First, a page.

How a Small Spirits Brand Approaches Their First Tales

A man with glasses and a beard is sitting at a table with a mounted fox head and a bottle of Seedlip. Seedlip Ben is the brains behind this distilled spirit.

We previously covered Seedlip right before its launch in October 2015, and it's been a whirlwind for the British brand since then. Ben Branson is the founder of Seedlip, which he says is the world’s first distilled non-alcoholic spirit. In addition to having created Seedlip Garden 108 and Seedlip Spice 94, Ben’s responsibilities include setting the vision and strategy for Seedlip, creative direction of the brand, and sharing Seedlip’s story as its face and voice. Since launching, Seedlip has been embraced by many top-rated restaurants and bars. Here, founder "Seedlip Ben" discusses his inspirations, marketing to millennials, and how Tales of the Cocktail can be used as a springboard for smaller brand's endeavors.

What was the initial inspiration behind your product’s creation? Was there a specific “eureka” moment?

Seedlip’s story actually begins in the 17th century when apothecaries were distilling non-alcoholic herbal remedies. In 2013 whilst researching herbs and spices to grow at home, I came across a book written in 1651 called "The Art of Distillation" that documented these remedies. Out of curiosity I began experimenting with a little copper still in my kitchen. It was the perfect opportunity to bring together everything I cherish; my family’s 300 year farming heritage and my career in brand design to solve the modern-day dilemma of "what-to-drink-when-you’re-not-drinking."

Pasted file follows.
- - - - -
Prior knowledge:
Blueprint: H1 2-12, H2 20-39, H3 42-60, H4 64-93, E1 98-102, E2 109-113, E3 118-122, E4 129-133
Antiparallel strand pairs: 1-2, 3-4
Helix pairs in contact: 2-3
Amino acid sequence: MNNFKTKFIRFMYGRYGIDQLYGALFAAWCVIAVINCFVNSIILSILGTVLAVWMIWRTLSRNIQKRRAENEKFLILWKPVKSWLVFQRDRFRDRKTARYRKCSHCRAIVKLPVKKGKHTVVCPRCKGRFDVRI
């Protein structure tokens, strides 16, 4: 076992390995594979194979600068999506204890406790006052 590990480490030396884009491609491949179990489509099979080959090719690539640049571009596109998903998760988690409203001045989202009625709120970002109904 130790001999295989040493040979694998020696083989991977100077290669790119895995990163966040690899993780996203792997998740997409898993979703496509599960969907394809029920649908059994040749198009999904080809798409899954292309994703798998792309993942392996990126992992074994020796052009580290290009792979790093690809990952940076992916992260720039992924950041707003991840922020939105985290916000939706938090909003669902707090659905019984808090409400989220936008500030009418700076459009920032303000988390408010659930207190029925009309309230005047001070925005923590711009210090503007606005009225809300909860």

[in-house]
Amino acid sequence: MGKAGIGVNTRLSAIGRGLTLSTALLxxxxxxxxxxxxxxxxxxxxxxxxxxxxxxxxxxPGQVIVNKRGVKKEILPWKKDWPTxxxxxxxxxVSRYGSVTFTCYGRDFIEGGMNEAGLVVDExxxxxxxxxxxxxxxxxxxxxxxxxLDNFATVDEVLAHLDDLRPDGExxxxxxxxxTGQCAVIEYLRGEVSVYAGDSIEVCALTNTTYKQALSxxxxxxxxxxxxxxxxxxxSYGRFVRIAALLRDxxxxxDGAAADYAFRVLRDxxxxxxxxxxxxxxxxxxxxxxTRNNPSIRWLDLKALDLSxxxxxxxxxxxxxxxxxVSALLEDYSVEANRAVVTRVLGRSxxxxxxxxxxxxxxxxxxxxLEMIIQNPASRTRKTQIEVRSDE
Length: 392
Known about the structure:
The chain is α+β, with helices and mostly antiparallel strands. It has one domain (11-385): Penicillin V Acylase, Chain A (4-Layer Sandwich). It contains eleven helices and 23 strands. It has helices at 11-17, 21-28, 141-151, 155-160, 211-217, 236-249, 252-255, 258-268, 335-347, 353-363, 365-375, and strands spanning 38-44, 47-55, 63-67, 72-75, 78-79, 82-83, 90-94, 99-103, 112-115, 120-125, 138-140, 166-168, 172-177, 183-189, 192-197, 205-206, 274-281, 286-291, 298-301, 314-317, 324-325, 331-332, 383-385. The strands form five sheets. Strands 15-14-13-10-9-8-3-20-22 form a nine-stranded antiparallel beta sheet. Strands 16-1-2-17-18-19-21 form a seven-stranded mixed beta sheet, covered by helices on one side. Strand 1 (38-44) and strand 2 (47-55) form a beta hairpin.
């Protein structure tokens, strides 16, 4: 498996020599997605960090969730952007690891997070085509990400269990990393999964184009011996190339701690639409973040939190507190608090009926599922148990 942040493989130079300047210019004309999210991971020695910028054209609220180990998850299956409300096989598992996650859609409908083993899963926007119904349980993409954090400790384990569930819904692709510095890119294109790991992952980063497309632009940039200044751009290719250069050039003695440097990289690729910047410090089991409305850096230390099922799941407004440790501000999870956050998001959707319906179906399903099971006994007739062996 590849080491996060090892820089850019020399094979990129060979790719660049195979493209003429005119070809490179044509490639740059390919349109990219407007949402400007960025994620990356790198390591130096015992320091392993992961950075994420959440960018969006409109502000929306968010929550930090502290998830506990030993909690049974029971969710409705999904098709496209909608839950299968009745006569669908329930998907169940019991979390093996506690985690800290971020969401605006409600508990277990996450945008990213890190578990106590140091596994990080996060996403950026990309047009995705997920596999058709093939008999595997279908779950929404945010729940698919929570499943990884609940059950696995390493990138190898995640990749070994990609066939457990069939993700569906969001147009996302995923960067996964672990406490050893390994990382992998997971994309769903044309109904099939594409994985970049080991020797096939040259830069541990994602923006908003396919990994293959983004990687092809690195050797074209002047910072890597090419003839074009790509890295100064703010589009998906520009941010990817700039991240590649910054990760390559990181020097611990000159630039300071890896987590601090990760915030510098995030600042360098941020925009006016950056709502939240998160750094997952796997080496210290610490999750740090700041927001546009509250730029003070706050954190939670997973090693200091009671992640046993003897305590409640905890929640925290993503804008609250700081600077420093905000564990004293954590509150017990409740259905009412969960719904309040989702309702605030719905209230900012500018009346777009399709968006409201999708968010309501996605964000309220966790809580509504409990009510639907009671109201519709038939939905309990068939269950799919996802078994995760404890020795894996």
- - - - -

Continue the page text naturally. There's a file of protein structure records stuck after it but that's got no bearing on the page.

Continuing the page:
What are the three most challenging aspects of starting your own brand?

Lack of Experience: I had no direct experience of what was involved. What's a value chain? How do you forecast something that has never been done? What margins do customers want to make?

Never been Done: Seedlip is the first of its kind, there were no benchmarks, no tried and tested models. It was all new and all unknown which while very exciting and liberating was a real challenge.